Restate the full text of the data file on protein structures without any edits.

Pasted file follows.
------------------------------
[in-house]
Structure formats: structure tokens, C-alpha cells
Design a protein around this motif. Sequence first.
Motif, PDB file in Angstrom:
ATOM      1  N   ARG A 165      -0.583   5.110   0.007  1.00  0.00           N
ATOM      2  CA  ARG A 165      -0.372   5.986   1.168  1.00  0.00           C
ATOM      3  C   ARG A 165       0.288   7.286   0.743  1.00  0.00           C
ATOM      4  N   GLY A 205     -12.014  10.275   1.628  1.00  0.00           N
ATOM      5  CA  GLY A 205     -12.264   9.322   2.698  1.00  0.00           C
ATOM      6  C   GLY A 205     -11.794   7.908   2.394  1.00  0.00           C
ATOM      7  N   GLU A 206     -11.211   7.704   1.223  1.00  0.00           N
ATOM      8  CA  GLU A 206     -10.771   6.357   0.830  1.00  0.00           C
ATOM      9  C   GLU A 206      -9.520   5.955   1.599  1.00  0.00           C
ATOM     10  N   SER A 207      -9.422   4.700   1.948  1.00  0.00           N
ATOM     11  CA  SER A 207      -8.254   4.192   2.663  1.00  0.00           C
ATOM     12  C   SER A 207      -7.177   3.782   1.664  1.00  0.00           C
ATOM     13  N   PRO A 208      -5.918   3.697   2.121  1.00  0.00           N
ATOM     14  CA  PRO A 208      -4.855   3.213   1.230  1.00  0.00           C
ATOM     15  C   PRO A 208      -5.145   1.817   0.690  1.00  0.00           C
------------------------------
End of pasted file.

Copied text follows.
[in-house]
Structure formats: structure tokens, C-alpha cells
Design a protein around this motif. Sequence first.
Motif, PDB file in Angstrom:
ATOM      1  N   ARG A 165      -0.583   5.110   0.007  1.00  0.00           N
ATOM      2  CA  ARG A 165      -0.372   5.986   1.168  1.00  0.00           C
ATOM      3  C   ARG A 165       0.288   7.286   0.743  1.00  0.00           C
ATOM      4  N   GLY A 205     -12.014  10.275   1.628  1.00  0.00           N
ATOM      5  CA  GLY A 205     -12.264   9.322   2.698  1.00  0.00           C
ATOM      6  C   GLY A 205     -11.794   7.908   2.394  1.00  0.00           C
ATOM      7  N   GLU A 206     -11.211   7.704   1.223  1.00  0.00           N
ATOM      8  CA  GLU A 206     -10.771   6.357   0.830  1.00  0.00           C
ATOM      9  C   GLU A 206      -9.520   5.955   1.599  1.00  0.00           C
ATOM     10  N   SER A 207      -9.422   4.700   1.948  1.00  0.00           N
ATOM     11  CA  SER A 207      -8.254   4.192   2.663  1.00  0.00           C
ATOM     12  C   SER A 207      -7.177   3.782   1.664  1.00  0.00           C
ATOM     13  N   PRO A 208      -5.918   3.697   2.121  1.00  0.00           N
ATOM     14  CA  PRO A 208      -4.855   3.213   1.230  1.00  0.00           C
ATOM     15  C   PRO A 208      -5.145   1.817   0.690  1.00  0.00           C